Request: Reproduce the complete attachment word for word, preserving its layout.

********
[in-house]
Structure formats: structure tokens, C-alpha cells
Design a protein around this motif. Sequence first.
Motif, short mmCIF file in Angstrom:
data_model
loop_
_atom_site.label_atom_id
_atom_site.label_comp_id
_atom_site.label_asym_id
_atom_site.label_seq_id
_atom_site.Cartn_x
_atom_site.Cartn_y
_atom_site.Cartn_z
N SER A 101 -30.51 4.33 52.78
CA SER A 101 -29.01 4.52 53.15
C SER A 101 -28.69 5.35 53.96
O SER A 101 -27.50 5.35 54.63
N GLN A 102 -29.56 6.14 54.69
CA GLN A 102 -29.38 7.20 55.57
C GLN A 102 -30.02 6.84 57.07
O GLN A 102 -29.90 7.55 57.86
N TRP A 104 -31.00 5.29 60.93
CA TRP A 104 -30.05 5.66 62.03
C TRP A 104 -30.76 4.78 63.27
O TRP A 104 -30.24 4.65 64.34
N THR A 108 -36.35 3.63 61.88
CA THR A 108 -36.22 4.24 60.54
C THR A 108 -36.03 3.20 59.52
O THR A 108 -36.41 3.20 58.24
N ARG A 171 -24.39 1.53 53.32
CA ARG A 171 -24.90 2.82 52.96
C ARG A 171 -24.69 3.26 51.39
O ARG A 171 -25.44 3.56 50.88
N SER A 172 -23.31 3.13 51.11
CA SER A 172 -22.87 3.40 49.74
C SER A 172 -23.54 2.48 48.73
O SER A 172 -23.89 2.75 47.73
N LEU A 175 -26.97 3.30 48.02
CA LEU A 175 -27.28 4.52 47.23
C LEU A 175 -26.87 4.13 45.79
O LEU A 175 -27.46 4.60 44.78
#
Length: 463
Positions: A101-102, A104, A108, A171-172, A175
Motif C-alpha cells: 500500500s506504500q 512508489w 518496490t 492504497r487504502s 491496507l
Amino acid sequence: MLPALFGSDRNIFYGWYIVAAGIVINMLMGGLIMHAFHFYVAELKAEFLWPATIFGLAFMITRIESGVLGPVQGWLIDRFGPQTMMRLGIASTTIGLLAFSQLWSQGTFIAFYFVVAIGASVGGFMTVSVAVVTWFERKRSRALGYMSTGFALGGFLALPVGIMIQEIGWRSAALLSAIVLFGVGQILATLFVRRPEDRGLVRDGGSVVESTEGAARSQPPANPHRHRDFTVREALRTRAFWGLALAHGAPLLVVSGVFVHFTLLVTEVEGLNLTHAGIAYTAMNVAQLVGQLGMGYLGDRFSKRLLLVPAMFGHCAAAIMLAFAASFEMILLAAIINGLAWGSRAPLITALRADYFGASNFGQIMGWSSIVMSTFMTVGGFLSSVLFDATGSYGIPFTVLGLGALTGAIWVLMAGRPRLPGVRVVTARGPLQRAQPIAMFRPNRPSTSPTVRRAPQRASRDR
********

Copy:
[in-house]
Structure formats: structure tokens, C-alpha cells
Design a protein around this motif. Sequence first.
Motif, short mmCIF file in Angstrom:
data_model
loop_
_atom_site.label_atom_id
_atom_site.label_comp_id
_atom_site.label_asym_id
_atom_site.label_seq_id
_atom_site.Cartn_x
_atom_site.Cartn_y
_atom_site.Cartn_z
N SER A 101 -30.51 4.33 52.78
CA SER A 101 -29.01 4.52 53.15
C SER A 101 -28.69 5.35 53.96
O SER A 101 -27.50 5.35 54.63
N GLN A 102 -29.56 6.14 54.69
CA GLN A 102 -29.38 7.20 55.57
C GLN A 102 -30.02 6.84 57.07
O GLN A 102 -29.90 7.55 57.86
N TRP A 104 -31.00 5.29 60.93
CA TRP A 104 -30.05 5.66 62.03
C TRP A 104 -30.76 4.78 63.27
O TRP A 104 -30.24 4.65 64.34
N THR A 108 -36.35 3.63 61.88
CA THR A 108 -36.22 4.24 60.54
C THR A 108 -36.03 3.20 59.52
O THR A 108 -36.41 3.20 58.24
N ARG A 171 -24.39 1.53 53.32
CA ARG A 171 -24.90 2.82 52.96
C ARG A 171 -24.69 3.26 51.39
O ARG A 171 -25.44 3.56 50.88
N SER A 172 -23.31 3.13 51.11
CA SER A 172 -22.87 3.40 49.74
C SER A 172 -23.54 2.48 48.73
O SER A 172 -23.89 2.75 47.73
N LEU A 175 -26.97 3.30 48.02
CA LEU A 175 -27.28 4.52 47.23
C LEU A 175 -26.87 4.13 45.79
O LEU A 175 -27.46 4.60 44.78
#
Length: 463
Positions: A101-102, A104, A108, A171-172, A175
Motif C-alpha cells: 500500500s506504500q 512508489w 518496490t 492504497r487504502s 491496507l
Amino acid sequence: MLPALFGSDRNIFYGWYIVAAGIVINMLMGGLIMHAFHFYVAELKAEFLWPATIFGLAFMITRIESGVLGPVQGWLIDRFGPQTMMRLGIASTTIGLLAFSQLWSQGTFIAFYFVVAIGASVGGFMTVSVAVVTWFERKRSRALGYMSTGFALGGFLALPVGIMIQEIGWRSAALLSAIVLFGVGQILATLFVRRPEDRGLVRDGGSVVESTEGAARSQPPANPHRHRDFTVREALRTRAFWGLALAHGAPLLVVSGVFVHFTLLVTEVEGLNLTHAGIAYTAMNVAQLVGQLGMGYLGDRFSKRLLLVPAMFGHCAAAIMLAFAASFEMILLAAIINGLAWGSRAPLITALRADYFGASNFGQIMGWSSIVMSTFMTVGGFLSSVLFDATGSYGIPFTVLGLGALTGAIWVLMAGRPRLPGVRVVTARGPLQRAQPIAMFRPNRPSTSPTVRRAPQRASRDR